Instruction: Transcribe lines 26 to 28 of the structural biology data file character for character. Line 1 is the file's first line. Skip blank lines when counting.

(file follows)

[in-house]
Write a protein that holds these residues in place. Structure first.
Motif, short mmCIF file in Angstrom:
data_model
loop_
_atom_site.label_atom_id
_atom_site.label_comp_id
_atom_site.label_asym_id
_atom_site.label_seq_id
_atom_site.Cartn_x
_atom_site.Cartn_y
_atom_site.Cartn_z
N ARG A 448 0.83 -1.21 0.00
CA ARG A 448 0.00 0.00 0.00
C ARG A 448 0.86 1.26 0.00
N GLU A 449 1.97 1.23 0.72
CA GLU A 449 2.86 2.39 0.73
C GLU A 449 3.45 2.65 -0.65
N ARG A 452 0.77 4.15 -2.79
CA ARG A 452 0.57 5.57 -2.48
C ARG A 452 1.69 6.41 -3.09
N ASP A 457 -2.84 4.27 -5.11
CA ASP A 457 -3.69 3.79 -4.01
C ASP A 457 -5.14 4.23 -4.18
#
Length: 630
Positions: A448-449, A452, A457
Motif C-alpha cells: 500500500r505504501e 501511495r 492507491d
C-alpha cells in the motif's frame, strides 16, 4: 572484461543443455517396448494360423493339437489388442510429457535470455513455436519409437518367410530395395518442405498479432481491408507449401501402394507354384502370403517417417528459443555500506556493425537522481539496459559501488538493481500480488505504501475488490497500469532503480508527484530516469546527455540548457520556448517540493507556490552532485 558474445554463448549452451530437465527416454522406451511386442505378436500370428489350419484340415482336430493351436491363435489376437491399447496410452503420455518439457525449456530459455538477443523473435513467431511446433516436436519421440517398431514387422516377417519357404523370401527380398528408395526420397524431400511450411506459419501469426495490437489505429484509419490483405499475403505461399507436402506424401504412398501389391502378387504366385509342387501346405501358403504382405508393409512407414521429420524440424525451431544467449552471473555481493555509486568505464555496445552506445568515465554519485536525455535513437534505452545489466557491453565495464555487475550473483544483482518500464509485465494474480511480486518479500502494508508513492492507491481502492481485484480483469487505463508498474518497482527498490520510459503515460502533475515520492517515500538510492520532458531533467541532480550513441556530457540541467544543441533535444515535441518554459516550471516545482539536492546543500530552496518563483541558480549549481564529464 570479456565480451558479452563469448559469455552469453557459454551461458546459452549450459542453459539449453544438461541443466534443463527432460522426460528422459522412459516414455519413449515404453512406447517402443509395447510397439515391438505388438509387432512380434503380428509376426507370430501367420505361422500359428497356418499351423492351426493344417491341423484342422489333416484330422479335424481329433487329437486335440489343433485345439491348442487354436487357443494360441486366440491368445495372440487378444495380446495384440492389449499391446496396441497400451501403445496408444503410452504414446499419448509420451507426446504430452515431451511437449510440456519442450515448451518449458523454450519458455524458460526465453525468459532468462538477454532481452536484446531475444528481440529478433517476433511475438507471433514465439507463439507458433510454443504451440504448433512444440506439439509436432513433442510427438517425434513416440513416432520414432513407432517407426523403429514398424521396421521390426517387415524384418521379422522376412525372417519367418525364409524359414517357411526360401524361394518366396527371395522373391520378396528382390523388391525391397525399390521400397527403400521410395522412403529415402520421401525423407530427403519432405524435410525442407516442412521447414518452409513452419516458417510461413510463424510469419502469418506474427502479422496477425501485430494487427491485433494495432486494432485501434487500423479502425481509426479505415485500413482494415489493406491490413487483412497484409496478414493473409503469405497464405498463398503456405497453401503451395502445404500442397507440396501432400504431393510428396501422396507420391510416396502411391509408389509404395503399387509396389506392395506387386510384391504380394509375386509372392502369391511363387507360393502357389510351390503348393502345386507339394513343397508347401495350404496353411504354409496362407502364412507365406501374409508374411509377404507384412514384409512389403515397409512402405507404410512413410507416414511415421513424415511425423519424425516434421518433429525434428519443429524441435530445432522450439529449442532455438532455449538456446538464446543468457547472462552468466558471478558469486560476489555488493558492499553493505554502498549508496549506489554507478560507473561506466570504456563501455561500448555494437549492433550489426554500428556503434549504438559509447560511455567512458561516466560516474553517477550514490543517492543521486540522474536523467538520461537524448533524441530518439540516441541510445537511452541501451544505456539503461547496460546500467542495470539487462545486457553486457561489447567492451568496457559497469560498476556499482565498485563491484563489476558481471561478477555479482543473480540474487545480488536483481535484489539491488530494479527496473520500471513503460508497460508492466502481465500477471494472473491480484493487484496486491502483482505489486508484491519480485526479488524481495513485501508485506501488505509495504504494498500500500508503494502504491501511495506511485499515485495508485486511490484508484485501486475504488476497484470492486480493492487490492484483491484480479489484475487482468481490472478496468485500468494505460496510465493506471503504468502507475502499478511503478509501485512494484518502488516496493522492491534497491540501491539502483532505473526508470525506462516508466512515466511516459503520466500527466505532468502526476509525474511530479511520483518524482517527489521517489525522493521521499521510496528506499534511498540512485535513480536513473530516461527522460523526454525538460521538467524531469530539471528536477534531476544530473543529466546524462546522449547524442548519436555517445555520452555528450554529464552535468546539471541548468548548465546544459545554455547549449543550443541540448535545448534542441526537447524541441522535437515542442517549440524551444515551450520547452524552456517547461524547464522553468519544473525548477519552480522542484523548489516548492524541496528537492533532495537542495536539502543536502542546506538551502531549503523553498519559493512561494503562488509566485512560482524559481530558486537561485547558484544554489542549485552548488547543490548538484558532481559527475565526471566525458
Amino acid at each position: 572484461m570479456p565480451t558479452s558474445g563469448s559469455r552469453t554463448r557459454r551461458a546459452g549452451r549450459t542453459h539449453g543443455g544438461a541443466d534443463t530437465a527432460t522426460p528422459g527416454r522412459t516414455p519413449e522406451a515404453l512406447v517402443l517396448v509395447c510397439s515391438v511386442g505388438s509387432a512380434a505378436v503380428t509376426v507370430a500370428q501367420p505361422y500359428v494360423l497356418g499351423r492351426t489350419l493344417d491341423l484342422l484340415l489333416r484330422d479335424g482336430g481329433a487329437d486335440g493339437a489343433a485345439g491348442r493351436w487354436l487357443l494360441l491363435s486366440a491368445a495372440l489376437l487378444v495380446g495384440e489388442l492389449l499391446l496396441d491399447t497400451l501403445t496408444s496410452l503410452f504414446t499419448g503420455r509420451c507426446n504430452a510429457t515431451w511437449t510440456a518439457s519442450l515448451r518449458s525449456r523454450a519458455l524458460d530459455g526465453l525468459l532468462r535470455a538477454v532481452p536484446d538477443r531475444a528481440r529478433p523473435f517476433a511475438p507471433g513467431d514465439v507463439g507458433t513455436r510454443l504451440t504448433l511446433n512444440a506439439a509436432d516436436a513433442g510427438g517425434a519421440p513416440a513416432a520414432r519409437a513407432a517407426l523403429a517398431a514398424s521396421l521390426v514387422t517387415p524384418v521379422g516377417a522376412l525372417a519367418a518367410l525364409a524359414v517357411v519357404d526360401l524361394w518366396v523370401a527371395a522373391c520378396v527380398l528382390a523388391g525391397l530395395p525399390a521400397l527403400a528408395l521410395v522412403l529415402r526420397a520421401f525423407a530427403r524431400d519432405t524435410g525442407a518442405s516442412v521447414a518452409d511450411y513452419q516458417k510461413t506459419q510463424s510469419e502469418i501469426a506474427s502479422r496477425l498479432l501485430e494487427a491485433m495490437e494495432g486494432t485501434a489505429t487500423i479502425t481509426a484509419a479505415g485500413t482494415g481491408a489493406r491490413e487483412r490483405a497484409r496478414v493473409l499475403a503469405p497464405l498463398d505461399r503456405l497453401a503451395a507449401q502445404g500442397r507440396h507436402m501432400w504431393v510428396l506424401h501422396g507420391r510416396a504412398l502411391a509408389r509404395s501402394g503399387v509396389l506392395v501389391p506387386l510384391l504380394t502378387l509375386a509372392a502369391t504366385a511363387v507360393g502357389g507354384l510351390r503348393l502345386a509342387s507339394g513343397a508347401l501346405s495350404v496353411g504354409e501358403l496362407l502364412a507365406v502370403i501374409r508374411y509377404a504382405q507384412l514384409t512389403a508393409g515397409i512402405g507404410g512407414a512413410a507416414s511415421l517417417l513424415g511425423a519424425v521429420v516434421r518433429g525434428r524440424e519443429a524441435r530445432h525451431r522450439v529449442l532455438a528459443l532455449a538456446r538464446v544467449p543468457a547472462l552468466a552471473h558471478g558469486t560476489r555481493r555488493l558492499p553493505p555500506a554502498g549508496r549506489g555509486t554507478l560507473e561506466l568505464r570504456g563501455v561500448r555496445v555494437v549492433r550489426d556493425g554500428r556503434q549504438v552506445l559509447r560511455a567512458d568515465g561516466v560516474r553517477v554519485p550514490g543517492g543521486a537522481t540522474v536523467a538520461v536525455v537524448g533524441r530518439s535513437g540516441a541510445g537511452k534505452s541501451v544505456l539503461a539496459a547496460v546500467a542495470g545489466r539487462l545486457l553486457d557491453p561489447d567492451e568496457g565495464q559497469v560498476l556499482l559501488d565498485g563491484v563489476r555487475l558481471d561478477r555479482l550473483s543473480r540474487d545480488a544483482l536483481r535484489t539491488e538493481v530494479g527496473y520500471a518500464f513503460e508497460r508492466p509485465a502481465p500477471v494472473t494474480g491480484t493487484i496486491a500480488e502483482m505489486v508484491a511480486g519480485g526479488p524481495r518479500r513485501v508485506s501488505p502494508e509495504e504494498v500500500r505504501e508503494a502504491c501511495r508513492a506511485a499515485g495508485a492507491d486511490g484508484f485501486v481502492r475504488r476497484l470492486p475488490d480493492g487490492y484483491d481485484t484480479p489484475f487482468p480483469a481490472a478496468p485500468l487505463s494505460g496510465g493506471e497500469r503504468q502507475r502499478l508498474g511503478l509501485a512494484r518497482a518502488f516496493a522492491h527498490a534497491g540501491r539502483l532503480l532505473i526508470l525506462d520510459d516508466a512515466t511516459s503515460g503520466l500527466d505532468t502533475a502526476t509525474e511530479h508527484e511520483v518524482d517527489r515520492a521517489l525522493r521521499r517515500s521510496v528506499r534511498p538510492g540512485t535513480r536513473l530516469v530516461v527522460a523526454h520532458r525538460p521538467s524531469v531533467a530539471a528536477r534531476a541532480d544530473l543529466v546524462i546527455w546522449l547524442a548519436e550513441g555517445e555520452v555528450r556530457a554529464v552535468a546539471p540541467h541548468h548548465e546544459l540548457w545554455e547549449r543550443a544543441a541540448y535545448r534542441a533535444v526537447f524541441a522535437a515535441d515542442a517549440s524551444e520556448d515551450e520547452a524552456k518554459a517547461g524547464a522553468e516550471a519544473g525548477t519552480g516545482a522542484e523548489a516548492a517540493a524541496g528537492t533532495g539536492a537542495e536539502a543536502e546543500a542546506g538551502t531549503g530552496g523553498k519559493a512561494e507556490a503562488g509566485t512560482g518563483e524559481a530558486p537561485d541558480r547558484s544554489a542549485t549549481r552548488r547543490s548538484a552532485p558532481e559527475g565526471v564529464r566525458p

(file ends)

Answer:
Length: 630
Positions: A448-449, A452, A457
Motif C-alpha cells: 500500500r505504501e 501511495r 492507491d